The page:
Back then, Mr. Iwasaki’s father, Taichi, was part of the army corps of engineers. He experienced the bombing while at the military barracks located at the Hiroshima University of Literature and Science campus (now part of Naka Ward), about 1.4 kilometers from the hypocenter. He was blown through the air by the A-bomb blast, but luckily suffered no injuries.

In April 1946, after the war was over, Mr. Iwasaki returned to Hiroshima. In front of Hiroshima Station was a sprawling black market. In the river north of Tokiwa Bridge were still freight cars that had fallen off a railway bridge.

Mr. Iwasaki became a journalist after graduating from college. He said, “The many stories and experiences shared by the A-bomb survivors weren’t just someone else’s business. I think the things I wrote for the newspaper were imbued with the perspective of the A-bomb survivors.”

In May 2016, U.S. President Barack Obama became the first sitting U.S. president to visit Hiroshima and he stood in front of the Cenotaph for the A-bomb Victims, which contains the register volumes with the names of the A-bomb victims. The A-bomb Dome can be seen through the opening of the cenotaph. Mr. Iwasaki believes that Mr. Obama’s presence in front of the cenotaph is of great significance. He said, “I hope that the efforts made by the citizens of Hiroshima to overcome bitterness and hard feelings and make appeals for a peaceful world can help Mr. Obama take further steps toward a world without nuclear weapons.”

“War and nuclear weapons are the world’s biggest crimes,” he said. He hopes students in junior high and high school will listen to the experiences of many people and build up their knowledge in order to strengthen their capacity to judge things for themselves.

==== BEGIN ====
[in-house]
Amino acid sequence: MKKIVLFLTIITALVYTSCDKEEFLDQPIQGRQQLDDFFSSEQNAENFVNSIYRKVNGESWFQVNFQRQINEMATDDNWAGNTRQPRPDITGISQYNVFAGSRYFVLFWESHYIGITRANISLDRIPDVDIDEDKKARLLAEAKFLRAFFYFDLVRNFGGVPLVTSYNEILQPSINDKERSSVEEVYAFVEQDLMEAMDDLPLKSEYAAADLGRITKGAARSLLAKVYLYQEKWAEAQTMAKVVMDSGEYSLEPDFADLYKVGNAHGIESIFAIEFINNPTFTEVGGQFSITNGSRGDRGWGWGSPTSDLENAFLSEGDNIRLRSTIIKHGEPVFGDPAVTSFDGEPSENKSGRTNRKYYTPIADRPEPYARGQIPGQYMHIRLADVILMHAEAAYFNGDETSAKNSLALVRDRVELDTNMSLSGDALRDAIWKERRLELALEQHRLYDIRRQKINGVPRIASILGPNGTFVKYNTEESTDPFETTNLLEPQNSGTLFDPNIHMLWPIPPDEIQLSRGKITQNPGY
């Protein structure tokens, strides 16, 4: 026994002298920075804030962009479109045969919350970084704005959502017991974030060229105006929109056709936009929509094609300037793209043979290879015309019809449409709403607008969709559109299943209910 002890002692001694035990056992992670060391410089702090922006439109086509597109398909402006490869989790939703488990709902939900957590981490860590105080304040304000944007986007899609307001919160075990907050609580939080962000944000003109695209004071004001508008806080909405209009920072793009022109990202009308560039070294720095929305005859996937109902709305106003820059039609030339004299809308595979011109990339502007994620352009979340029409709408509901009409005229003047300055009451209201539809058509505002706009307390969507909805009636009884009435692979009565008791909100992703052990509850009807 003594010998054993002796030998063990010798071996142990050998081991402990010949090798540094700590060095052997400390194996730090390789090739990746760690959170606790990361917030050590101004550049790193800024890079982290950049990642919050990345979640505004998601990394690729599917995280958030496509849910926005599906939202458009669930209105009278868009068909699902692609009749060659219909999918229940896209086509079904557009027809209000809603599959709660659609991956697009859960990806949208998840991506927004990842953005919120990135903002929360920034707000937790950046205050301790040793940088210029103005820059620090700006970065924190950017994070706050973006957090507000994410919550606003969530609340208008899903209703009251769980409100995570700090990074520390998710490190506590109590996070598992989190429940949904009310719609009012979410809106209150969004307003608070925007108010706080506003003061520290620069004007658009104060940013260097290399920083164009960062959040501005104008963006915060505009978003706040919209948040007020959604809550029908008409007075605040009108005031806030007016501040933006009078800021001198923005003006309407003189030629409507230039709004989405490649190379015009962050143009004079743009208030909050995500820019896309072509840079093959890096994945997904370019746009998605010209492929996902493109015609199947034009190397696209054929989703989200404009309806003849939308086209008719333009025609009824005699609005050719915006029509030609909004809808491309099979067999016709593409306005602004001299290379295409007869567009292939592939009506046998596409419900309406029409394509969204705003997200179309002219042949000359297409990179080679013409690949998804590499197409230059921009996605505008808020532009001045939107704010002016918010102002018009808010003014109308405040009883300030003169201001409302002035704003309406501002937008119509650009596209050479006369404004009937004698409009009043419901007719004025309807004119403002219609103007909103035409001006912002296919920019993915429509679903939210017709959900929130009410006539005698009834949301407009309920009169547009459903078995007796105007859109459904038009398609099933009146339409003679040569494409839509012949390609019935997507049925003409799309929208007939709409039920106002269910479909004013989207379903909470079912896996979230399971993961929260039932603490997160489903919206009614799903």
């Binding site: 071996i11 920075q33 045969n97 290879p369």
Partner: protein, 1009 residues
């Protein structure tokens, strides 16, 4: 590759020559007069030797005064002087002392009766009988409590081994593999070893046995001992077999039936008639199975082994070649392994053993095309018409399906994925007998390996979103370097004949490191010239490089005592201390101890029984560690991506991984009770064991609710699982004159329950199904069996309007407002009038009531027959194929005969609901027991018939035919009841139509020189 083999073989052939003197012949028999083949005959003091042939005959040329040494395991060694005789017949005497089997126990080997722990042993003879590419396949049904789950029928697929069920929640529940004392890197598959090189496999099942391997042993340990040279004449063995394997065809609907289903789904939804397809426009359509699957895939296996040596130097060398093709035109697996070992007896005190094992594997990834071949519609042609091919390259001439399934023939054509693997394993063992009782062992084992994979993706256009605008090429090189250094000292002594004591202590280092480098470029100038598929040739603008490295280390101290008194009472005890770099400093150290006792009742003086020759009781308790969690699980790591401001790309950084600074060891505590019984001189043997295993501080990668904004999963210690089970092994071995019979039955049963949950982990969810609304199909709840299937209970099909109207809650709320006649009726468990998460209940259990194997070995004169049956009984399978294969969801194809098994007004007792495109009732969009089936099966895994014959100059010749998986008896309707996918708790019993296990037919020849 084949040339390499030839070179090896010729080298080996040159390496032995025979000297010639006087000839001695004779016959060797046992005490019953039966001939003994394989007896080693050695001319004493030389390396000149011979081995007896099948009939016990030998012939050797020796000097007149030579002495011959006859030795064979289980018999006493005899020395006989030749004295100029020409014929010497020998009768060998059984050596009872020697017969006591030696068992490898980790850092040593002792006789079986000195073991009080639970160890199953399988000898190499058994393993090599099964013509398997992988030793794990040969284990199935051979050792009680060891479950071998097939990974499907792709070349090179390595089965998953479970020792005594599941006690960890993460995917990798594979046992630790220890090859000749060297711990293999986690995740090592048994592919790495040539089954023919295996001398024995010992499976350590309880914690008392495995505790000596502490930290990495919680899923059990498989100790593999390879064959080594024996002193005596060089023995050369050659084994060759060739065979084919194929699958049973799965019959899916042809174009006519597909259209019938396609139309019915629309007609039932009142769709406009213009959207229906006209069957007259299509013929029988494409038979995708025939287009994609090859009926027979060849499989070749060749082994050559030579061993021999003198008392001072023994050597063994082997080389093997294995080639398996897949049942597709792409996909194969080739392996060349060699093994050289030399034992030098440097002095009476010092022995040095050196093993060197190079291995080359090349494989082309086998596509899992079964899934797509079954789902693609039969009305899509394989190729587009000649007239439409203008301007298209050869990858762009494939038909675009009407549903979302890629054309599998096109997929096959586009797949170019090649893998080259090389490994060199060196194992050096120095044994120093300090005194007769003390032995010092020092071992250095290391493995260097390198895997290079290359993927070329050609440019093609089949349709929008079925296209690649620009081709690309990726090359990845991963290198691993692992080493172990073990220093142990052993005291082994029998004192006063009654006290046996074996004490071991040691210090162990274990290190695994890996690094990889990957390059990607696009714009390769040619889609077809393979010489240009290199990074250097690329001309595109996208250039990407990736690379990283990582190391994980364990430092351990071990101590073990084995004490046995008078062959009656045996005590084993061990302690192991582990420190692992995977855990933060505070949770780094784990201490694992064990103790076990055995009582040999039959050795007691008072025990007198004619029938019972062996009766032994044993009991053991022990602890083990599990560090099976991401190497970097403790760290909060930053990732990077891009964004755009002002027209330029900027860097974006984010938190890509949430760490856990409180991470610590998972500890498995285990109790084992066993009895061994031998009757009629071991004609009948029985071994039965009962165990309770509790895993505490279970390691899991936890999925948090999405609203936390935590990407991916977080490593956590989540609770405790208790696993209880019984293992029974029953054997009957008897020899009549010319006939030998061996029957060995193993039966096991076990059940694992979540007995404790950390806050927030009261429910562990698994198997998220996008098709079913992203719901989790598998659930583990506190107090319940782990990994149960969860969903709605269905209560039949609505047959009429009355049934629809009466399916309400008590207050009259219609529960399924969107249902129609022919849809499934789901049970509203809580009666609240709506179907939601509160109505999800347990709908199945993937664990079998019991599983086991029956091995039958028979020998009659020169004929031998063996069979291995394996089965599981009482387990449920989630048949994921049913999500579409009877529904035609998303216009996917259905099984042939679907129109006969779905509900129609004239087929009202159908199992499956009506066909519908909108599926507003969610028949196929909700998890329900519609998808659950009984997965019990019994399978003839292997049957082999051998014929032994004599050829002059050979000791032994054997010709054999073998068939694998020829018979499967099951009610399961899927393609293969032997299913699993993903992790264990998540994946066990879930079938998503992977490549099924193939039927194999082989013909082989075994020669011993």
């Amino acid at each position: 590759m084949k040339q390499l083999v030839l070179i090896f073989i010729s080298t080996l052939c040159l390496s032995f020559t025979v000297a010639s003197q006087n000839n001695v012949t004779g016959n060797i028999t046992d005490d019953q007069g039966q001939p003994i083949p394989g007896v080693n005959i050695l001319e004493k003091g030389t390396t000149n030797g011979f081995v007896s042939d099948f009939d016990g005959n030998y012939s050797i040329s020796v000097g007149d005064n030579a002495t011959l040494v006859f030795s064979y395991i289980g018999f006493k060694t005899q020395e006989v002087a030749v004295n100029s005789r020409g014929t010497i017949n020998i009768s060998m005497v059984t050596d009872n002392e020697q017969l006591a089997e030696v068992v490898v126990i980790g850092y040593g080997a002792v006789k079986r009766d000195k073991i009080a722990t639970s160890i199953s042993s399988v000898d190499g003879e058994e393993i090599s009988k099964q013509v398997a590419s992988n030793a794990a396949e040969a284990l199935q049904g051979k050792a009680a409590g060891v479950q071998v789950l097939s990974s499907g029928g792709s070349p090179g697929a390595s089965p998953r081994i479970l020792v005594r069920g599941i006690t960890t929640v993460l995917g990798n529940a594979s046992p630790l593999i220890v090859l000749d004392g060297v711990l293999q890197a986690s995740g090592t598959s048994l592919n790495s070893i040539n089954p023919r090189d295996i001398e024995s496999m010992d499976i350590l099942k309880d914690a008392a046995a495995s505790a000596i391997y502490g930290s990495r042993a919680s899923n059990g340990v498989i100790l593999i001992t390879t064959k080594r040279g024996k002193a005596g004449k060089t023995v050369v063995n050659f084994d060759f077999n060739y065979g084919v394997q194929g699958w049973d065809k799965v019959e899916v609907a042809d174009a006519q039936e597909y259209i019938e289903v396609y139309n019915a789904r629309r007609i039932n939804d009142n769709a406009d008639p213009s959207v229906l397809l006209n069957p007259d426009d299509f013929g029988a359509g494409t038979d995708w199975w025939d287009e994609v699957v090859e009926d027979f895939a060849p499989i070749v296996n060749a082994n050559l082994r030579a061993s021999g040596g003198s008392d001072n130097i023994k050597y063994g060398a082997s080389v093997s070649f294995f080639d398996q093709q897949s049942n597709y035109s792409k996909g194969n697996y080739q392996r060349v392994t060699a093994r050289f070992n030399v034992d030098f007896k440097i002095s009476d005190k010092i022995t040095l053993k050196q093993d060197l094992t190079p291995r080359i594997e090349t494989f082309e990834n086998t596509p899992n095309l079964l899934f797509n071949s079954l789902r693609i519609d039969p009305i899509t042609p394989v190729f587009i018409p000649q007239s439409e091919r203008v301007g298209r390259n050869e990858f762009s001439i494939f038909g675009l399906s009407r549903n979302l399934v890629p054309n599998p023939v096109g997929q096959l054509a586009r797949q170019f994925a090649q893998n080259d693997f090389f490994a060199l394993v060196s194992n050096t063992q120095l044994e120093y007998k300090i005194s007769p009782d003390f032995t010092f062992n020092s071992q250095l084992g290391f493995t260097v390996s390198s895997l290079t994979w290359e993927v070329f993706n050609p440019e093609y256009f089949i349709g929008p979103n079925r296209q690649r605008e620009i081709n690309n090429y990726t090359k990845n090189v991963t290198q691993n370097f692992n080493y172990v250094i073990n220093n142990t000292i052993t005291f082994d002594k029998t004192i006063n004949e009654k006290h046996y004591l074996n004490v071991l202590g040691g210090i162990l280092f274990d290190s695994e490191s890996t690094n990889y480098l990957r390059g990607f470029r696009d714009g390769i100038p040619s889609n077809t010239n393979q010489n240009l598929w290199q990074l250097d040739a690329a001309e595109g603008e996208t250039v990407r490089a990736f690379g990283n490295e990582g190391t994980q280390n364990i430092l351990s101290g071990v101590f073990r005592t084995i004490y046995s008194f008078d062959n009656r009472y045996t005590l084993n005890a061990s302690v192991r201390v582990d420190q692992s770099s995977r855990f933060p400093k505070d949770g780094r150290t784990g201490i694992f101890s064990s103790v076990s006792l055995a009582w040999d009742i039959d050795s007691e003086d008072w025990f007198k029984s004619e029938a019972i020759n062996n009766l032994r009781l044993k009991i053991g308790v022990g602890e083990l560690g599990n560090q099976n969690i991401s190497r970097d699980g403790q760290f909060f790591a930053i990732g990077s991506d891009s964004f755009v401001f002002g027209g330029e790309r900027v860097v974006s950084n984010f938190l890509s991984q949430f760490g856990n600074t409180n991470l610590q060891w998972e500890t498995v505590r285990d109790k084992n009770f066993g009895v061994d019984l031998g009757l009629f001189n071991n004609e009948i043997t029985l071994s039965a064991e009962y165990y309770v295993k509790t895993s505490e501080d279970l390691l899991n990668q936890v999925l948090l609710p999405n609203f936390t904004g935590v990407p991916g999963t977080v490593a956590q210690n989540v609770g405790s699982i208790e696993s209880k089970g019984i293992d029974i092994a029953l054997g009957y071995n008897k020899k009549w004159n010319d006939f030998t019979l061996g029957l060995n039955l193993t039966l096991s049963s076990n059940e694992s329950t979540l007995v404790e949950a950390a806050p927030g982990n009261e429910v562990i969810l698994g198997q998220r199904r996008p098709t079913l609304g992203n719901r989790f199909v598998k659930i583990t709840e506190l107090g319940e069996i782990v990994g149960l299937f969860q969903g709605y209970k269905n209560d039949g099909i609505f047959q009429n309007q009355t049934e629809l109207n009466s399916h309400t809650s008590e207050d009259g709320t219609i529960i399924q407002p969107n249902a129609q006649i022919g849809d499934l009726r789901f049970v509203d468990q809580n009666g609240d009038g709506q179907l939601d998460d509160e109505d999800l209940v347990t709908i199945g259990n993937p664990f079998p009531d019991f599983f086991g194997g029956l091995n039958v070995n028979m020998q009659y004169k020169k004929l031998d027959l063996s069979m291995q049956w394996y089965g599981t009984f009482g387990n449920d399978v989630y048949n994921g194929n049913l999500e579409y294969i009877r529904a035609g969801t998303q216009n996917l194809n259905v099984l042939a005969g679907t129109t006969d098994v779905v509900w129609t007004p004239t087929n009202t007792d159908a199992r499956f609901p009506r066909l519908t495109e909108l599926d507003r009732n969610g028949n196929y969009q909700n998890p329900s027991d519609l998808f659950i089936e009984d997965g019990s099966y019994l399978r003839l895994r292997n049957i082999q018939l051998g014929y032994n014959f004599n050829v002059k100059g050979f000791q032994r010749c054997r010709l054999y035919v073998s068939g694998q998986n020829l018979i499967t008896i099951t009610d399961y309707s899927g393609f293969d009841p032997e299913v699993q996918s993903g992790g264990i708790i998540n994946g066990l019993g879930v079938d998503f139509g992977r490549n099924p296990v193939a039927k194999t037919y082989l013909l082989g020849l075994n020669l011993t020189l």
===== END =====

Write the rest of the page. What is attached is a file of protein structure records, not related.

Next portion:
Teenagers’ Impressions

Impressed by will and strength to recover
I was amazed to learn that the national railway system began operating again only a day after the atomic bombing. Even streetcars in the city started running again three days after the attack. Because of this quick recovery, many people were able to board trains to escape the city and reach far-flung destinations in order to reunite with loved ones and flee the bomb’s radioactive fallout. I was really inspired by the will and the strength of the people to recover from such devastation. (Atsuhito Ito, 13)

Only sports should have winners and losers
“There are no winners or losers in the world other than in sports.” Mr. Iwasaki’s words reminded me of the Hiroshima Toyo Carp. The Carp, Hiroshima’s professional baseball team, were an ongoing source of encouragement and inspiration to the citizens of Hiroshima during the reconstruction of the city. Unlike sports, where players show respect for one another, in war, the one that kills and wounds the other becomes the winner. Mr. Iwasaki used these words to refer to war because he himself experienced the horror of war back then. (Riho Kito, 15)

Family reunion turns to misery
I was stunned by Mr. Iwasaki’s comment, “It’s like I came home only to experience the atomic bombing.” The atomic bomb instantly transformed the pure and innocent mind of a child, who felt relaxed and relieved during a family reunion after a long separation, into the nightmare of war’s cruelty. No nuclear weapons or wars should ever be permitted on this earth so that no one will ever again be forced to face such a brutal experience. (Marina Misaki, 17)

(Originally published on October 17, 2016)